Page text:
Particularly illuminating was the image manipulation script they used as an example in several chapters. It really gave me an idea of the power of scripting. Unfortunately, obtaining the source code for the tools the example relied on and compiling them turned out to be a chore; I finally gave up. Still, I had no problem understanding the example even without actually being able to implement it. And there were plenty of other examples that didn't rely on non-standard unix utilities.

If I had to make a single criticism, I'd say that the book could focus a bit more on *interactive* shell use, and why bash is better/worse than other shells in interactive mode. Being a former tcsh user who has developed lots of aliases and programmed completions over time, it would've been helpful to have a section called "Migrating from Csh" or something like that...

Good explanations, but lacking decent examples, May 1, 2000
This book is aimmed at beginners, but goes into enough depth to get you truly on your way. It explanations of commands, and concepts are very clear and concise. Also, I like how the authors initially in the book go over and explain commands several times, as this makes remembering the syntax of commands much simplier (for someone with bad memory, like me).

One criticism is the lack of decent examples, when they are given. All the examples seem to be oversimply or non-real-world, and I feel the authors could make concepts clearer by including more examples.

To sum up, this is not a book for you if you learn by trial-and-error and examples, but if you don't mind the lack of decent examples, then this book is a good unix shell programming book.

Good intro to bash shell, September 18, 2000
This is a good place to start if you are looking into using the bash shell (unix). The book provides clear cut explanations of all of the commands present in the bash shell. The lack of examples is tolerable, though a little annoying when thoes ever-present half-understandings pop up and a quick example would clear it right up. Making up your own and testing it out works though.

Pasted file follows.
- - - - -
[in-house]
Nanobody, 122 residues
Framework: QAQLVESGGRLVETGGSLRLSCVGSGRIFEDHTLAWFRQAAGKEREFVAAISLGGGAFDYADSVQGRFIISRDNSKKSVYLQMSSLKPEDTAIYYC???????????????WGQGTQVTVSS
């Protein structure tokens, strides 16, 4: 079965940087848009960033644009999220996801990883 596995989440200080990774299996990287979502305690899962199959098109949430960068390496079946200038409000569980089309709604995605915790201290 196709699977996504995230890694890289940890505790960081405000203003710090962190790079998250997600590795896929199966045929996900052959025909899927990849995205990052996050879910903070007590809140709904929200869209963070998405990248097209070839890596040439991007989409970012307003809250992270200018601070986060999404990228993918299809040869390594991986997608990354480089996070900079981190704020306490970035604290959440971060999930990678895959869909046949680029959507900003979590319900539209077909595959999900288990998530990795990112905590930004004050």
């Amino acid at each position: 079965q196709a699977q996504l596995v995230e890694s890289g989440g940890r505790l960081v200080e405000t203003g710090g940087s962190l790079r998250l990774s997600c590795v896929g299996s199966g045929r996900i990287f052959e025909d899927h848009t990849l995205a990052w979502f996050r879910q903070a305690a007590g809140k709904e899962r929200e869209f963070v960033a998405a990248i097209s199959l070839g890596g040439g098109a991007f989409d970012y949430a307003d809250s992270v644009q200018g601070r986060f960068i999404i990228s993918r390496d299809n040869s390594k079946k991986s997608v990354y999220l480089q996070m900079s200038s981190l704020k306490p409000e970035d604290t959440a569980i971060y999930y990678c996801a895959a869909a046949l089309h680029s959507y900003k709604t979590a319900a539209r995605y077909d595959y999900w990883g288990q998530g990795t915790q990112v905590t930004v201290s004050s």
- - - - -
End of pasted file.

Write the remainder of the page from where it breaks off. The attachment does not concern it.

Unfortunately the shell scripting/programming part has been rendered rather useless by the up and rising use of perl for shell scripting. The sections still cover it, but most people scripting for unix shells are using perl because of its simplicity and power.

Overall this is a great book to teach yourself the basics of the bash command line interface in unix, probably the best bash book out there.

Good Introduction, April 16, 2001
This book is a good introduction to the Bourne-Again Shell for those absolutely new to it. The book assumes that you already know how to use the basic UNIX utilities, like cat, grep, find, and so on, and it does not attempt to teach them to you, but I think a chapter on them may have been helpful for those just coming to use the bash shell. Configuration tips, syntax and scripting examples make the book a very useful aid to one trying to become comfortable in the Linux world. Nothing spectacular, but it gets the job done.

Recommend highly!!!, March 22, 2003
This book is an excellent resource for Linux-literate individuals. I use it to tutor students and adults on Bash shell programming. For beginners, it may be too difficult, but the people with hands-on experience will appreciate its content of the each chapter. It lacks real-world examples but with imagination and creativity, you can easily drum up a number of viable samples. This book is not for people who need to be spoon-fed.

Good bus reading, September 8, 2001
You want to learn Bash, use it, read man pages, whatever. If Bash is the shell you chose, maybe you don't need a book because you can learn what you need at the terminal. I like this book because sometimes I don't have a terminal in front of me, like when I'm sitting on the bus in the morning. So I have this book with me, and I read a few pages rather than stare out the window. It's cheap, so what the heck, if you are a Bash user and feel like there's more to learn then grab it.